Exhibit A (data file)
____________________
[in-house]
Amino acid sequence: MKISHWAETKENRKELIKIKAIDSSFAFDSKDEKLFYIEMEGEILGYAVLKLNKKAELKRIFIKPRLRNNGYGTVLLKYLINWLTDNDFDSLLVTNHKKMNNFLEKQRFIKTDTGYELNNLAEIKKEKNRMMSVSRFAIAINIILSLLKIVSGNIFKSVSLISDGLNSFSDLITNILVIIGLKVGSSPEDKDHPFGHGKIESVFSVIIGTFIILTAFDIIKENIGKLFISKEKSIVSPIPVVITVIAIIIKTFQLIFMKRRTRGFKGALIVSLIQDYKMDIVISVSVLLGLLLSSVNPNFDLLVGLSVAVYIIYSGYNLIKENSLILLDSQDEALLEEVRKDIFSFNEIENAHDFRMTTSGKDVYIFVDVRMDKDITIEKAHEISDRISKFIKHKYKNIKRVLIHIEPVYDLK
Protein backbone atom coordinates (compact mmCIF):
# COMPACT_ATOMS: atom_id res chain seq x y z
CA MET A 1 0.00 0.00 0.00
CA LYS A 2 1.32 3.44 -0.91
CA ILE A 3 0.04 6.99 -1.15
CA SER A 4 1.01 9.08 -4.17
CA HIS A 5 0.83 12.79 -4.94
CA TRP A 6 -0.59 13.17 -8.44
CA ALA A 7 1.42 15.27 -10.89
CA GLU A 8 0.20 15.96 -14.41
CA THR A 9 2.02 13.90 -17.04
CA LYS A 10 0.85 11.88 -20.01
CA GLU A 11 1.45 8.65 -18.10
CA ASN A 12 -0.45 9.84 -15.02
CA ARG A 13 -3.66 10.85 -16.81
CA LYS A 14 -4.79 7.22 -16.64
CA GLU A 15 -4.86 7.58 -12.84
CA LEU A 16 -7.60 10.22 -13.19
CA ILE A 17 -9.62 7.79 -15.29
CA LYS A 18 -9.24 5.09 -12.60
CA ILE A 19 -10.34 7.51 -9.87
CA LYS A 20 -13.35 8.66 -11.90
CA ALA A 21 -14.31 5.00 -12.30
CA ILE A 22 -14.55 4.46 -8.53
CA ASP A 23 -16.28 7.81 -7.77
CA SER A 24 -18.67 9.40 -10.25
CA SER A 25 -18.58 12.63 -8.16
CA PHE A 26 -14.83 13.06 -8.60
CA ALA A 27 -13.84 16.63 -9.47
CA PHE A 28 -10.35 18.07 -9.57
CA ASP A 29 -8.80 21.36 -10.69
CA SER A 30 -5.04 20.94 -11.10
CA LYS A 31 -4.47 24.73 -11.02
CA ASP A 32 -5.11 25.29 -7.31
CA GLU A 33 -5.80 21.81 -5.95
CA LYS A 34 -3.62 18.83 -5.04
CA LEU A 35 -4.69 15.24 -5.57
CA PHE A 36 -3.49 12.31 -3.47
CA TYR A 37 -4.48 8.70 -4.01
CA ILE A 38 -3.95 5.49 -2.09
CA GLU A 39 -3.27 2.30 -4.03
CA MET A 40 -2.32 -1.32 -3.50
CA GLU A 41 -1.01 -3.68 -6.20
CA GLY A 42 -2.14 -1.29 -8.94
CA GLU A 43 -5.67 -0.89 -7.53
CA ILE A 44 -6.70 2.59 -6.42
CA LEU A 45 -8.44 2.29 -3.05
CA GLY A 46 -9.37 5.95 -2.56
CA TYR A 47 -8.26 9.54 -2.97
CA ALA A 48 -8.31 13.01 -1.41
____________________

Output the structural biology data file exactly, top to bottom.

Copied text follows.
[in-house]
Amino acid sequence: MKISHWAETKENRKELIKIKAIDSSFAFDSKDEKLFYIEMEGEILGYAVLKLNKKAELKRIFIKPRLRNNGYGTVLLKYLINWLTDNDFDSLLVTNHKKMNNFLEKQRFIKTDTGYELNNLAEIKKEKNRMMSVSRFAIAINIILSLLKIVSGNIFKSVSLISDGLNSFSDLITNILVIIGLKVGSSPEDKDHPFGHGKIESVFSVIIGTFIILTAFDIIKENIGKLFISKEKSIVSPIPVVITVIAIIIKTFQLIFMKRRTRGFKGALIVSLIQDYKMDIVISVSVLLGLLLSSVNPNFDLLVGLSVAVYIIYSGYNLIKENSLILLDSQDEALLEEVRKDIFSFNEIENAHDFRMTTSGKDVYIFVDVRMDKDITIEKAHEISDRISKFIKHKYKNIKRVLIHIEPVYDLK
Protein backbone atom coordinates (compact mmCIF):
# COMPACT_ATOMS: atom_id res chain seq x y z
CA MET A 1 0.00 0.00 0.00
CA LYS A 2 1.32 3.44 -0.91
CA ILE A 3 0.04 6.99 -1.15
CA SER A 4 1.01 9.08 -4.17
CA HIS A 5 0.83 12.79 -4.94
CA TRP A 6 -0.59 13.17 -8.44
CA ALA A 7 1.42 15.27 -10.89
CA GLU A 8 0.20 15.96 -14.41
CA THR A 9 2.02 13.90 -17.04
CA LYS A 10 0.85 11.88 -20.01
CA GLU A 11 1.45 8.65 -18.10
CA ASN A 12 -0.45 9.84 -15.02
CA ARG A 13 -3.66 10.85 -16.81
CA LYS A 14 -4.79 7.22 -16.64
CA GLU A 15 -4.86 7.58 -12.84
CA LEU A 16 -7.60 10.22 -13.19
CA ILE A 17 -9.62 7.79 -15.29
CA LYS A 18 -9.24 5.09 -12.60
CA ILE A 19 -10.34 7.51 -9.87
CA LYS A 20 -13.35 8.66 -11.90
CA ALA A 21 -14.31 5.00 -12.30
CA ILE A 22 -14.55 4.46 -8.53
CA ASP A 23 -16.28 7.81 -7.77
CA SER A 24 -18.67 9.40 -10.25
CA SER A 25 -18.58 12.63 -8.16
CA PHE A 26 -14.83 13.06 -8.60
CA ALA A 27 -13.84 16.63 -9.47
CA PHE A 28 -10.35 18.07 -9.57
CA ASP A 29 -8.80 21.36 -10.69
CA SER A 30 -5.04 20.94 -11.10
CA LYS A 31 -4.47 24.73 -11.02
CA ASP A 32 -5.11 25.29 -7.31
CA GLU A 33 -5.80 21.81 -5.95
CA LYS A 34 -3.62 18.83 -5.04
CA LEU A 35 -4.69 15.24 -5.57
CA PHE A 36 -3.49 12.31 -3.47
CA TYR A 37 -4.48 8.70 -4.01
CA ILE A 38 -3.95 5.49 -2.09
CA GLU A 39 -3.27 2.30 -4.03
CA MET A 40 -2.32 -1.32 -3.50
CA GLU A 41 -1.01 -3.68 -6.20
CA GLY A 42 -2.14 -1.29 -8.94
CA GLU A 43 -5.67 -0.89 -7.53
CA ILE A 44 -6.70 2.59 -6.42
CA LEU A 45 -8.44 2.29 -3.05
CA GLY A 46 -9.37 5.95 -2.56
CA TYR A 47 -8.26 9.54 -2.97
CA ALA A 48 -8.31 13.01 -1.41